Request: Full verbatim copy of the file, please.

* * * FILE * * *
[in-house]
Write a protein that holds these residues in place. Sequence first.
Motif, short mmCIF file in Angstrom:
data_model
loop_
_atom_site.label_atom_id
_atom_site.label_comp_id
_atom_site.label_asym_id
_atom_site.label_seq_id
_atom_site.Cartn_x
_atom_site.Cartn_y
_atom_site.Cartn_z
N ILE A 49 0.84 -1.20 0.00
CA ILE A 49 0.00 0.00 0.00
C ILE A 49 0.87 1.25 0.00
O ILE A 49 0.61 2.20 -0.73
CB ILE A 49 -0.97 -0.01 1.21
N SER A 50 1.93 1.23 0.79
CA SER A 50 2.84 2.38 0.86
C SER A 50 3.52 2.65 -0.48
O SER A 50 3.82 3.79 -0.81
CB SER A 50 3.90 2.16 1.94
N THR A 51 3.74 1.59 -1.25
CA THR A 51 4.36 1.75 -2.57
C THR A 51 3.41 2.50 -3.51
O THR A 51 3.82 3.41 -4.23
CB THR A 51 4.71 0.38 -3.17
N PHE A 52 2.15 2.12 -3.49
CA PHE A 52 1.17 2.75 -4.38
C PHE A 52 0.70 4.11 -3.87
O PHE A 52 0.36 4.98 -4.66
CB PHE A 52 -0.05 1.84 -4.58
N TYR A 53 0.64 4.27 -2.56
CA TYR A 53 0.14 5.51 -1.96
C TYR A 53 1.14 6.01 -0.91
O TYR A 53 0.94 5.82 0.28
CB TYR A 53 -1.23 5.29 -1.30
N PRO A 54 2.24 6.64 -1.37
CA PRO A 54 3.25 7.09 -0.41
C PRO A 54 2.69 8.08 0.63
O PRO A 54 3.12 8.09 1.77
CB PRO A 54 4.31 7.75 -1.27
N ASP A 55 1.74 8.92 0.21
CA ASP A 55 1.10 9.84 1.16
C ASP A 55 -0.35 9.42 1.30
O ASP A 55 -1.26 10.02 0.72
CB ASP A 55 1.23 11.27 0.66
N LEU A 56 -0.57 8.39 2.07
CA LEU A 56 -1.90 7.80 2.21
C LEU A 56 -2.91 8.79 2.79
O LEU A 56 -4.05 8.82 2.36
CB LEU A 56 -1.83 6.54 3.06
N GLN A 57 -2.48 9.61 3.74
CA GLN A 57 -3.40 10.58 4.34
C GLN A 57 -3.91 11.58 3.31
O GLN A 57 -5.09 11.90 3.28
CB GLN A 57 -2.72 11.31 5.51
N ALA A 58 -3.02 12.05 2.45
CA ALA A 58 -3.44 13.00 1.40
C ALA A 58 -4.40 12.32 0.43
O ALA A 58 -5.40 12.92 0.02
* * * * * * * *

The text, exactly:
[in-house]
Write a protein that holds these residues in place. Sequence first.
Motif, short mmCIF file in Angstrom:
data_model
loop_
_atom_site.label_atom_id
_atom_site.label_comp_id
_atom_site.label_asym_id
_atom_site.label_seq_id
_atom_site.Cartn_x
_atom_site.Cartn_y
_atom_site.Cartn_z
N ILE A 49 0.84 -1.20 0.00
CA ILE A 49 0.00 0.00 0.00
C ILE A 49 0.87 1.25 0.00
O ILE A 49 0.61 2.20 -0.73
CB ILE A 49 -0.97 -0.01 1.21
N SER A 50 1.93 1.23 0.79
CA SER A 50 2.84 2.38 0.86
C SER A 50 3.52 2.65 -0.48
O SER A 50 3.82 3.79 -0.81
CB SER A 50 3.90 2.16 1.94
N THR A 51 3.74 1.59 -1.25
CA THR A 51 4.36 1.75 -2.57
C THR A 51 3.41 2.50 -3.51
O THR A 51 3.82 3.41 -4.23
CB THR A 51 4.71 0.38 -3.17
N PHE A 52 2.15 2.12 -3.49
CA PHE A 52 1.17 2.75 -4.38
C PHE A 52 0.70 4.11 -3.87
O PHE A 52 0.36 4.98 -4.66
CB PHE A 52 -0.05 1.84 -4.58
N TYR A 53 0.64 4.27 -2.56
CA TYR A 53 0.14 5.51 -1.96
C TYR A 53 1.14 6.01 -0.91
O TYR A 53 0.94 5.82 0.28
CB TYR A 53 -1.23 5.29 -1.30
N PRO A 54 2.24 6.64 -1.37
CA PRO A 54 3.25 7.09 -0.41
C PRO A 54 2.69 8.08 0.63
O PRO A 54 3.12 8.09 1.77
CB PRO A 54 4.31 7.75 -1.27
N ASP A 55 1.74 8.92 0.21
CA ASP A 55 1.10 9.84 1.16
C ASP A 55 -0.35 9.42 1.30
O ASP A 55 -1.26 10.02 0.72
CB ASP A 55 1.23 11.27 0.66
N LEU A 56 -0.57 8.39 2.07
CA LEU A 56 -1.90 7.80 2.21
C LEU A 56 -2.91 8.79 2.79
O LEU A 56 -4.05 8.82 2.36
CB LEU A 56 -1.83 6.54 3.06
N GLN A 57 -2.48 9.61 3.74
CA GLN A 57 -3.40 10.58 4.34
C GLN A 57 -3.91 11.58 3.31
O GLN A 57 -5.09 11.90 3.28
CB GLN A 57 -2.72 11.31 5.51
N ALA A 58 -3.02 12.05 2.45
CA ALA A 58 -3.44 13.00 1.40
C ALA A 58 -4.40 12.32 0.43
O ALA A 58 -5.40 12.92 0.02